Dartmouth Regatta Montage
20 Interesting Facts about Dartmouth Regatta
- It is a Royal Regatta because Queen Victoria and Prince Albert visited in 1856, except they didn’t. The Royal couple sheltered in the Dart from a storm just as the town was building up to Regatta Week, and granted the ‘Royal’ honorific and cash for two prizes to be awarded at the Regatta, but then sailed before the event began.
- When she was here, the Queen inspired the people of the town to put candles in their windows to greet her and the Prince, in a spontaneous outpouring of patriotic pride.
- And even though Queen Victoria bestowed the ‘Royal’ on the Regatta, it wasn’t actually backed up with a Royal Warrant until 1949. Didn’t stop the town using it up until then, mind...
- It’s the 190th anniversary of the Regatta, but only the 168th year. The first Regatta, organised by ‘gentlemen of the town’ apparently, was held in 1822 (or rather, this is the first written record we have of a Regatta in Dartmouth). There were none between 1828 and 1833 (probably because the ‘gentlemen’ were busy doing other things) and then a committee of local townspeople got together to organise the 1834 event, which is the beginning of an event we would recognise as a ‘proper’ Dartmouth Regatta. The First and Second World Wars account for the remaining ‘missing’ years, when few people felt like celebrating.
- The report of the first Regatta in the ‘Exeter Flying Post’ hinted at the long history of rowing on the Dart, as it stated that, along with three sailing races, there was one race for six-oared gigs “for which Dartmouth [was] very famous”. It also described the Dart as being very suited to the holding of a Regatta type event, as the valley sides provided a natural amphitheatre for spectactors.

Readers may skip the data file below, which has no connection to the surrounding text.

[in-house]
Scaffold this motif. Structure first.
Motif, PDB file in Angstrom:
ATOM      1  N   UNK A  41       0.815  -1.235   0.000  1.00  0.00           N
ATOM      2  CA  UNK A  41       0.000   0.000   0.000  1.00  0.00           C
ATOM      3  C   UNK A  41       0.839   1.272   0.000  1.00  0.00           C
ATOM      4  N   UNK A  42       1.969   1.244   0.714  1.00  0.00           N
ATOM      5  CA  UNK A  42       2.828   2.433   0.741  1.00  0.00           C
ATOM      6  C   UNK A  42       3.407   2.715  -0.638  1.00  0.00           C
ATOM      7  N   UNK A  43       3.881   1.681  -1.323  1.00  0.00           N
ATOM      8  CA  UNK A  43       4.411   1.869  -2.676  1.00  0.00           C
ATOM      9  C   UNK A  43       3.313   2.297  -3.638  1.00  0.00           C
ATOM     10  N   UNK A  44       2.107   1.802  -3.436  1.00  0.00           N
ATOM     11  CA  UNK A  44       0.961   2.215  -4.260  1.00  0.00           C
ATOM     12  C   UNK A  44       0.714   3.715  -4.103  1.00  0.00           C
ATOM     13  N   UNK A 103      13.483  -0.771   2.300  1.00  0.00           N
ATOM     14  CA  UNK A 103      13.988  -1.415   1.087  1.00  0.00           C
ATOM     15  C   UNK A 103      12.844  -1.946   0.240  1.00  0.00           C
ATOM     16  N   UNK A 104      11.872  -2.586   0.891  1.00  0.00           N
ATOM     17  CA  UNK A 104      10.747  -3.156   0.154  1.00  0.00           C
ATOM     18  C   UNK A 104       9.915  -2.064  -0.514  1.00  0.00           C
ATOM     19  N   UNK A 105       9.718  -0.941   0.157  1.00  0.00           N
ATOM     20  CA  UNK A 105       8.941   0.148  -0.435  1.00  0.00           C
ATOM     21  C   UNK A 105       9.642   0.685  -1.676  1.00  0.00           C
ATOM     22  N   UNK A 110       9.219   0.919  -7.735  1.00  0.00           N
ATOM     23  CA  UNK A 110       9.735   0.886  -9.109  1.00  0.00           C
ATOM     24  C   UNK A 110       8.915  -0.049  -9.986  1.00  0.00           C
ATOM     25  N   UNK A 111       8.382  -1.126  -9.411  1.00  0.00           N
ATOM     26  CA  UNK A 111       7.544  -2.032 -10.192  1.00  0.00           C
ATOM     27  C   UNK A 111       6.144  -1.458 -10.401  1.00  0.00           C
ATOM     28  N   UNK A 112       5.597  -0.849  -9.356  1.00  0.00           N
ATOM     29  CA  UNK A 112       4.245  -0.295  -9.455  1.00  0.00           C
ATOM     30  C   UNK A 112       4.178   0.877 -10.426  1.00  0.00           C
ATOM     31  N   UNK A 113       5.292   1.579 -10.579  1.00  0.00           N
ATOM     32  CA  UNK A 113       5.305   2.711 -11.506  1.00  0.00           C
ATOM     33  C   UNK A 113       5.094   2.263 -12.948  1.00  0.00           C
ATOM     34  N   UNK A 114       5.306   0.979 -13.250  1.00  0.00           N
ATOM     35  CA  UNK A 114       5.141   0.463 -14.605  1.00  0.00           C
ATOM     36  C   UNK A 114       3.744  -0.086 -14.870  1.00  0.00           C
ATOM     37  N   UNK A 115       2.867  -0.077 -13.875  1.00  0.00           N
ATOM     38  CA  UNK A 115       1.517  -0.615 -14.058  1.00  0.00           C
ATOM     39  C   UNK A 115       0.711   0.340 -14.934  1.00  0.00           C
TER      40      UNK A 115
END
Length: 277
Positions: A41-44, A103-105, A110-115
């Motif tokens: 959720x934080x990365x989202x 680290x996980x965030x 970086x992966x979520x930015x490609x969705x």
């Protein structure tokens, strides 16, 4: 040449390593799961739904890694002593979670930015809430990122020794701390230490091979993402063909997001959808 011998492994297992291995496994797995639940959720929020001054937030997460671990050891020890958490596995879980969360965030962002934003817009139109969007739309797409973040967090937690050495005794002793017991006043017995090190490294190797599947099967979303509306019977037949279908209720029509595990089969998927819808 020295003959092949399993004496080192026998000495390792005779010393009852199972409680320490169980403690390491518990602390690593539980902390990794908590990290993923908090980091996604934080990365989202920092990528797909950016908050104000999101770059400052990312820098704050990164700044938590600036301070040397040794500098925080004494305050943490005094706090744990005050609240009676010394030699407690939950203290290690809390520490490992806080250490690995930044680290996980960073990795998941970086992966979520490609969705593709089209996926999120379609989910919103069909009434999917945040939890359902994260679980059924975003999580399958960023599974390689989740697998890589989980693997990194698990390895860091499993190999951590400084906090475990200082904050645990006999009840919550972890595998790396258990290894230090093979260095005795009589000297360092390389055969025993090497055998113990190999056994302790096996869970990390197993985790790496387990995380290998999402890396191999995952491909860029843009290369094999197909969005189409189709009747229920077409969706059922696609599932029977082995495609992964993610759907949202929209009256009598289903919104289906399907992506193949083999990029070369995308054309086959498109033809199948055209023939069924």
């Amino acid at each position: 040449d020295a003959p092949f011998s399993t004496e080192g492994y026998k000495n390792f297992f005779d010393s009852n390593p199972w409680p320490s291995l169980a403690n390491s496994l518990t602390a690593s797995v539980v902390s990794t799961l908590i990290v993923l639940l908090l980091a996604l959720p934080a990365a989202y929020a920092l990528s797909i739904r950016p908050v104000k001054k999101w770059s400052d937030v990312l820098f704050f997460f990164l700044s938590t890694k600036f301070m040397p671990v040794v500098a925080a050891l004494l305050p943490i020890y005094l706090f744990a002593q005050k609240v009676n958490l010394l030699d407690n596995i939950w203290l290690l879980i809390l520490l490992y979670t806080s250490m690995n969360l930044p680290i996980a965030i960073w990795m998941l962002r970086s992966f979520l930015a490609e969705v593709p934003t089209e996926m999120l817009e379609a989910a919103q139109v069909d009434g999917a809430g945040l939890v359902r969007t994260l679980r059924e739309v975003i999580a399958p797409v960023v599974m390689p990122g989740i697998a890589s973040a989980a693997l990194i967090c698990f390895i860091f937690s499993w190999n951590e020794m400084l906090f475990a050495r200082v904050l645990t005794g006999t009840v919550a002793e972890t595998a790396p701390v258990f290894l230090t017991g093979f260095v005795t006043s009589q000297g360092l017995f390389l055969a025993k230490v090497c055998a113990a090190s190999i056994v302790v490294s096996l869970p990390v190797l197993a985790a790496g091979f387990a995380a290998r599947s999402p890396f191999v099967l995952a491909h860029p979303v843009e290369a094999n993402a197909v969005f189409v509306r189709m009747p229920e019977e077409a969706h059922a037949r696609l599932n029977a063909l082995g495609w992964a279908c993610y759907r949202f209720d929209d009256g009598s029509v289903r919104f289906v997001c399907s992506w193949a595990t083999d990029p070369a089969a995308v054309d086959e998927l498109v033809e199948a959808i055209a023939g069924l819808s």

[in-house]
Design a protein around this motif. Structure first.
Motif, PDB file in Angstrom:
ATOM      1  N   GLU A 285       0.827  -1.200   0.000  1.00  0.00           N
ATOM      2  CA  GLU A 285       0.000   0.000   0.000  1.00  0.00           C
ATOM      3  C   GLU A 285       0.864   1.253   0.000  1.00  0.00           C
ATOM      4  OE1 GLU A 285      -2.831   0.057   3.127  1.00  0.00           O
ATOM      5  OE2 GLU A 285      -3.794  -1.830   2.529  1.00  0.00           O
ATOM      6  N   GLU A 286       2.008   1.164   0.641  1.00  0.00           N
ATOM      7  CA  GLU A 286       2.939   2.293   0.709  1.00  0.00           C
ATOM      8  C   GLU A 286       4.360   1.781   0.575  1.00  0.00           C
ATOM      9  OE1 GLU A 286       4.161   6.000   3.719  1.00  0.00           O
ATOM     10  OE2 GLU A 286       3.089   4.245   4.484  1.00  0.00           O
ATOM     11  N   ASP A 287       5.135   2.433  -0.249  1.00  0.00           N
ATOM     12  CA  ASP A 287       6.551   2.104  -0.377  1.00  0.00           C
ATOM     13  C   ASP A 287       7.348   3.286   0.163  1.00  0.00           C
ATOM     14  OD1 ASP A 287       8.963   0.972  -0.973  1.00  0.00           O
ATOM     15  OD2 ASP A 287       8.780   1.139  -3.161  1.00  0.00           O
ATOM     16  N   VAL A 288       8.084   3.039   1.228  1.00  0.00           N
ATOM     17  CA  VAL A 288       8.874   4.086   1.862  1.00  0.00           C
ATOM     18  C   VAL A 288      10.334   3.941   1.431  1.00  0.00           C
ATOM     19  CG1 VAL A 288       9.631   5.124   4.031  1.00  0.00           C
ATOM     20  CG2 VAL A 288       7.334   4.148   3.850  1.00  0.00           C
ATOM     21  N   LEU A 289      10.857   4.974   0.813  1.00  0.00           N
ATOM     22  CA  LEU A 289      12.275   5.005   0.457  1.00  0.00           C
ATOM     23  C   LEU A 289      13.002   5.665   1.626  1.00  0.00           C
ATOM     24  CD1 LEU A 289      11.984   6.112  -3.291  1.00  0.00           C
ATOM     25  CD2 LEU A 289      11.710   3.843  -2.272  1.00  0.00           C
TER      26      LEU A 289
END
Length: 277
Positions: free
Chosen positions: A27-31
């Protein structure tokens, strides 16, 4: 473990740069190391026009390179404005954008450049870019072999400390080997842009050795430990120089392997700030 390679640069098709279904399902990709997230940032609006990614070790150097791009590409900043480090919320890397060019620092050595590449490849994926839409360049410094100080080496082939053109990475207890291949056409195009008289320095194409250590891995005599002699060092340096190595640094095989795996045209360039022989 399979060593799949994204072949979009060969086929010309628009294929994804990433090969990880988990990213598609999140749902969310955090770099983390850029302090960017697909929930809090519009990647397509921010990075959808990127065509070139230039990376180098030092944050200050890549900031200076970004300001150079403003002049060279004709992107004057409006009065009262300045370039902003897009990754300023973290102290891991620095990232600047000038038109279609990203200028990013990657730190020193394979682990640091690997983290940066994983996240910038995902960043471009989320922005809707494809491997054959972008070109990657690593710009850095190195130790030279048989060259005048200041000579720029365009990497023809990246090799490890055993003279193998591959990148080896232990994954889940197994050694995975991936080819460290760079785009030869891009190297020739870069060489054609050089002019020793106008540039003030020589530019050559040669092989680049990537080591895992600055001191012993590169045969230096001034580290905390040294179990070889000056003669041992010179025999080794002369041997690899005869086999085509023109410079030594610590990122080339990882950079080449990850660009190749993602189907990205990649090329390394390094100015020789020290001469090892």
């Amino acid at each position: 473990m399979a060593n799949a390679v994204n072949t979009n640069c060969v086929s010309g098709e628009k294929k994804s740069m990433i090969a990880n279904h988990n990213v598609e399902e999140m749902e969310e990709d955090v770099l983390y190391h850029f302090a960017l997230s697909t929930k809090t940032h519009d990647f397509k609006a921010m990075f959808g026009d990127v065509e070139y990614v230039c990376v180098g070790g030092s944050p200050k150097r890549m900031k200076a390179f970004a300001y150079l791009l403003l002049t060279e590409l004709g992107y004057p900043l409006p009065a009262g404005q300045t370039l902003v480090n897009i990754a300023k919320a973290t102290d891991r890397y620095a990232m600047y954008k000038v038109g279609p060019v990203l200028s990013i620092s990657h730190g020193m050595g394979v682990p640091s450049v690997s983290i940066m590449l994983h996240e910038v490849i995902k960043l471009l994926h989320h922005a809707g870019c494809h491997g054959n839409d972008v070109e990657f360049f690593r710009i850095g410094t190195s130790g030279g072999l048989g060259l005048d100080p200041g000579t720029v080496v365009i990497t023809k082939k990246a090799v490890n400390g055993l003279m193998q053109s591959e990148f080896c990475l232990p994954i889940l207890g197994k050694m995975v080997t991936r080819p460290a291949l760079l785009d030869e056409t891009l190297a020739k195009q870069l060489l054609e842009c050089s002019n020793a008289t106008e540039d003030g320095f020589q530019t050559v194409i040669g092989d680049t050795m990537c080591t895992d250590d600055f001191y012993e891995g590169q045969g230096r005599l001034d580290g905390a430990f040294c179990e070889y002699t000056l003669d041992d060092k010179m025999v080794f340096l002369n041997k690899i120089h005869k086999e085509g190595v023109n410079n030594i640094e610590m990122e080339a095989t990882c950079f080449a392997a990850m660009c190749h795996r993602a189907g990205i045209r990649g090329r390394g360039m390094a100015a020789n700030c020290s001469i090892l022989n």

- The Regatta is held on the final Friday in August every year (meaning it sometimes slips into September). This is due to it fitting into the National Sailing Programme – so it won’t clash with other Regattas, such as Cowes Week. The first documented use of these dates was 1919; it may have been in place before, but records are scant. Certainly, in the Victorian era, the Regatta was earlier – it started on August 11th when Queen Victoria made her auspicious visit.
- Regattas cost money: in 1849 the cost of Regatta was £79 and in the noughties was estimated to be around £100,000. However, this does not tell the entire story: in 1849, £79 would have paid for a day’s wages for 390 skilled workers. If you go by an average skilled worker today costing £200, that means £79 was equivalent to around £80,000 – not so different.
- Regatta more than triples the population of Dartmouth: 18,000 visitors, on average, come to the town each day of Regatta. Dartmouth’s population is just 5,400. If London had experienced the same proportion of people visiting it during the Olympics, it would have seen 26 million people pour in each day.
- The Regatta’s two fireworks’ events cost £20,000, and the Regatta Marquee around £25,000.
- The Red Arrows first performed at Regatta in 1978 – their fee was £200. In 2012 the fee was around £9,000. The river Dart again helps create the perfect theatre for their performances and it is often said (by Dartmouth Regatta committee members) that Dartmouth Regatta is the aerobatic team’s ‘favourite’ venue. The diplomatic Arrows themselves have never publicly stated this, of course...
- Every year around 2,000 people take part in sporting events, which means that since 1946, 132,000 people have competed at Regatta – or around the population of my hometown, Hastings, in East Sussex.